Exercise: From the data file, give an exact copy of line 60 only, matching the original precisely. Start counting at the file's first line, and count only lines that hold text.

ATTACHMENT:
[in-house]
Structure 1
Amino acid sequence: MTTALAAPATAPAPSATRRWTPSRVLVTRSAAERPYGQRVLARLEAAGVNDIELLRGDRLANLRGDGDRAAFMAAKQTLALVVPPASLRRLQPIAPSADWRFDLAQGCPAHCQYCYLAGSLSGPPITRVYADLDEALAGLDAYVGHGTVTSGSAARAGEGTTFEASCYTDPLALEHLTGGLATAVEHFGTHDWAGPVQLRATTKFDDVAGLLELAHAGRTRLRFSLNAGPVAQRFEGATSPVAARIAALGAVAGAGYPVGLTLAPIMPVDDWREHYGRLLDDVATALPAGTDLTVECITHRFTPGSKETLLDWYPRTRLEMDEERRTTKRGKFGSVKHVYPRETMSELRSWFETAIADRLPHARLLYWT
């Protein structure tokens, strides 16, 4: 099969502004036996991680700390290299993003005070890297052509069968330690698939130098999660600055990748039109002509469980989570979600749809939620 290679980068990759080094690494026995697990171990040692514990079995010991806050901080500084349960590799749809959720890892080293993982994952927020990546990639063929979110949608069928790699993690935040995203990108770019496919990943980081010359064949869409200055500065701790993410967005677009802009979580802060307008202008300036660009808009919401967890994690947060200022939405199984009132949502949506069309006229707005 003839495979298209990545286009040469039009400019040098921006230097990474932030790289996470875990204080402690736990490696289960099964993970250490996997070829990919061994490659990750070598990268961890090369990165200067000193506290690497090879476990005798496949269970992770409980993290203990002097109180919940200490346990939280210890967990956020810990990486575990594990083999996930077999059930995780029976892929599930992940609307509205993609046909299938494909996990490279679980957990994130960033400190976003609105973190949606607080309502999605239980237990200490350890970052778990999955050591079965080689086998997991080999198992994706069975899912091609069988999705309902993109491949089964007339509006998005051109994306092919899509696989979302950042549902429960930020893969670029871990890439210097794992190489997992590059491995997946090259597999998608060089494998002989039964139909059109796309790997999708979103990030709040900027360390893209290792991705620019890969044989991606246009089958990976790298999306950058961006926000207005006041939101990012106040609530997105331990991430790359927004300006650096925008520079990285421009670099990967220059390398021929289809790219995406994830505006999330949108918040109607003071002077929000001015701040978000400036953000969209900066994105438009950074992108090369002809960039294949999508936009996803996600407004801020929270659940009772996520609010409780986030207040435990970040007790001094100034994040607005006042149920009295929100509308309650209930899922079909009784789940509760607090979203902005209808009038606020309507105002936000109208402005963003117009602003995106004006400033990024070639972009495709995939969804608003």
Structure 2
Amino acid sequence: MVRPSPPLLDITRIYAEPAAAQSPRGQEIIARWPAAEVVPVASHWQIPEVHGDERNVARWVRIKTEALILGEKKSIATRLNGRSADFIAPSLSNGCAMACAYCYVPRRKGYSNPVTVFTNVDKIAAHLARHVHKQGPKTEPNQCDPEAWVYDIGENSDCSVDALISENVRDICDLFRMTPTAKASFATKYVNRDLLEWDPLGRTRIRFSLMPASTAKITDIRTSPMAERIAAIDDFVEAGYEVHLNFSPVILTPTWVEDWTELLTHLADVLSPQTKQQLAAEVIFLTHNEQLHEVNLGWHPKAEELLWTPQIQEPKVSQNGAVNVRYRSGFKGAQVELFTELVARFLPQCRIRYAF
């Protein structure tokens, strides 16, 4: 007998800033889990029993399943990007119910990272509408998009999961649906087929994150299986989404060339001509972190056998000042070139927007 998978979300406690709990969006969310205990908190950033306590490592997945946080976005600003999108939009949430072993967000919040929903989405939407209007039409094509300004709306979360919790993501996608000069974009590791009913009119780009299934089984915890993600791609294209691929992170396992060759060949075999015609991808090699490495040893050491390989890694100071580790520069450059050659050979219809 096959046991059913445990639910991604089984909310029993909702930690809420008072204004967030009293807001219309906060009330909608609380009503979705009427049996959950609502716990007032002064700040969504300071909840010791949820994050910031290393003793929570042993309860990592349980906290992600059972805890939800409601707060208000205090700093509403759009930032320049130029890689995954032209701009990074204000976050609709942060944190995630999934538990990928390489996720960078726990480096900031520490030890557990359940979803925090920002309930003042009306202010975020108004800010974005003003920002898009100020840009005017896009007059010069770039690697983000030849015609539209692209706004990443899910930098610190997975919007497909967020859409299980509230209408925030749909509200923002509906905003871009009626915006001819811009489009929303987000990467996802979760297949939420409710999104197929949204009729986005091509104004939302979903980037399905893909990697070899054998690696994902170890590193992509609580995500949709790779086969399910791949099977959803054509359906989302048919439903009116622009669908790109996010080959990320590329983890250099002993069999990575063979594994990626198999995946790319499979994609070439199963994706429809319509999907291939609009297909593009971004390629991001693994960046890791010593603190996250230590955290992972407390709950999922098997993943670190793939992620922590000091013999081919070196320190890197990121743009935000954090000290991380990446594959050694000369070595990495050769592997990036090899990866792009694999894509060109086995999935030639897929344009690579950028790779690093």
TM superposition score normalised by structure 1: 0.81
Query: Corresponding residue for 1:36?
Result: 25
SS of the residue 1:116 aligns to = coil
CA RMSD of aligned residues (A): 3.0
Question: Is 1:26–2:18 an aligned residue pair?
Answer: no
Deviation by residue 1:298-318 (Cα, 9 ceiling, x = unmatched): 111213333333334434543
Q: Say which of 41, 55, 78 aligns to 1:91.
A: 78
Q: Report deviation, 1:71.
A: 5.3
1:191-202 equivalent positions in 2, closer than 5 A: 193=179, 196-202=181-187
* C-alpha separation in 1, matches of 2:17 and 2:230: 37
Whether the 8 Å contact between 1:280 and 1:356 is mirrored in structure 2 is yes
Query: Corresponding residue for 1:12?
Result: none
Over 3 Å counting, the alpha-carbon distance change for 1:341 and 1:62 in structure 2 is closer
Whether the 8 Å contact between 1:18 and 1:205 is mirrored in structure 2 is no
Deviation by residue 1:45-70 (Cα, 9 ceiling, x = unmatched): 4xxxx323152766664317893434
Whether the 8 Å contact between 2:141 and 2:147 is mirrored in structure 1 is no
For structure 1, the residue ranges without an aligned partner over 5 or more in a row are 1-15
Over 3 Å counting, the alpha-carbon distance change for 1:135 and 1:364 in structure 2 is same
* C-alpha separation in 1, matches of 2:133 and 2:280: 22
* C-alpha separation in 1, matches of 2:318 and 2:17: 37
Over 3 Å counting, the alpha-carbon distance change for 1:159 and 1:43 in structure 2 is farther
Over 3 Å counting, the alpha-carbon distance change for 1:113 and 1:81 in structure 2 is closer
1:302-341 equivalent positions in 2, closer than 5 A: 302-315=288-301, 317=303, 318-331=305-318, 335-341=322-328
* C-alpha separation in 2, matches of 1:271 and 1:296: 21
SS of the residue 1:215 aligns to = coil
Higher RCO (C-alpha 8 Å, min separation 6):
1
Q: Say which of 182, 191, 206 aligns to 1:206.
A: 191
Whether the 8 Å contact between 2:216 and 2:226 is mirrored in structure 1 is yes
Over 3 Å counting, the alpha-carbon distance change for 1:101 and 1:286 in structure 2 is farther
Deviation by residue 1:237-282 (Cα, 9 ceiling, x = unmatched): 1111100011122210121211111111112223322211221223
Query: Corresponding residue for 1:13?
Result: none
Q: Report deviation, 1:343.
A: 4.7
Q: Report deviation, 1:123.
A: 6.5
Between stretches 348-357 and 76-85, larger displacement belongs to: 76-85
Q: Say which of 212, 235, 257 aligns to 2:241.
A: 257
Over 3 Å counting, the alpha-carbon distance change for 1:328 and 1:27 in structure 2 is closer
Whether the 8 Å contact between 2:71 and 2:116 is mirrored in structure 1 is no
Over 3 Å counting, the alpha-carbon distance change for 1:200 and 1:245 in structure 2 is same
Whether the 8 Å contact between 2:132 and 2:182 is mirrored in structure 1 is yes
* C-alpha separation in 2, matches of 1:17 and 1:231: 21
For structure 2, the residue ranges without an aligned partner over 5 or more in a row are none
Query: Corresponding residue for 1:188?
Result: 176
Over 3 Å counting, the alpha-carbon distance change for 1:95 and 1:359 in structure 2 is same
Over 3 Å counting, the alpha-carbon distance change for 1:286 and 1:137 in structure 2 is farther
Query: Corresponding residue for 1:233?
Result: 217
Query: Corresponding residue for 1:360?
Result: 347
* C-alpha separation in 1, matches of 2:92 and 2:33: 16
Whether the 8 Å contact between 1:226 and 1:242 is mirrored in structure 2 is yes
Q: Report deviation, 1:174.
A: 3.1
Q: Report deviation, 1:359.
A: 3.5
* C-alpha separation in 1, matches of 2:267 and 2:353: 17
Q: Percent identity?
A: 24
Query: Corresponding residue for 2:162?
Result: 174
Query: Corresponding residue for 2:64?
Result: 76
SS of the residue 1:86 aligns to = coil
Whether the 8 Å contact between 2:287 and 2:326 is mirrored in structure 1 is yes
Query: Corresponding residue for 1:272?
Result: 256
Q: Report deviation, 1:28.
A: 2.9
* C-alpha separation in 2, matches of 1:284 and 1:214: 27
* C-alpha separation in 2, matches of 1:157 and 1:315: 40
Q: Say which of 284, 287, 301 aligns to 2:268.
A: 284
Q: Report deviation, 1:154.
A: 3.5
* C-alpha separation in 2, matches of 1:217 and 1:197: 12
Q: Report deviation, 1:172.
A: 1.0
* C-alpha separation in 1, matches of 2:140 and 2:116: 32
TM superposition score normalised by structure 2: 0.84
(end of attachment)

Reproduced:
Query: Corresponding residue for 1:188?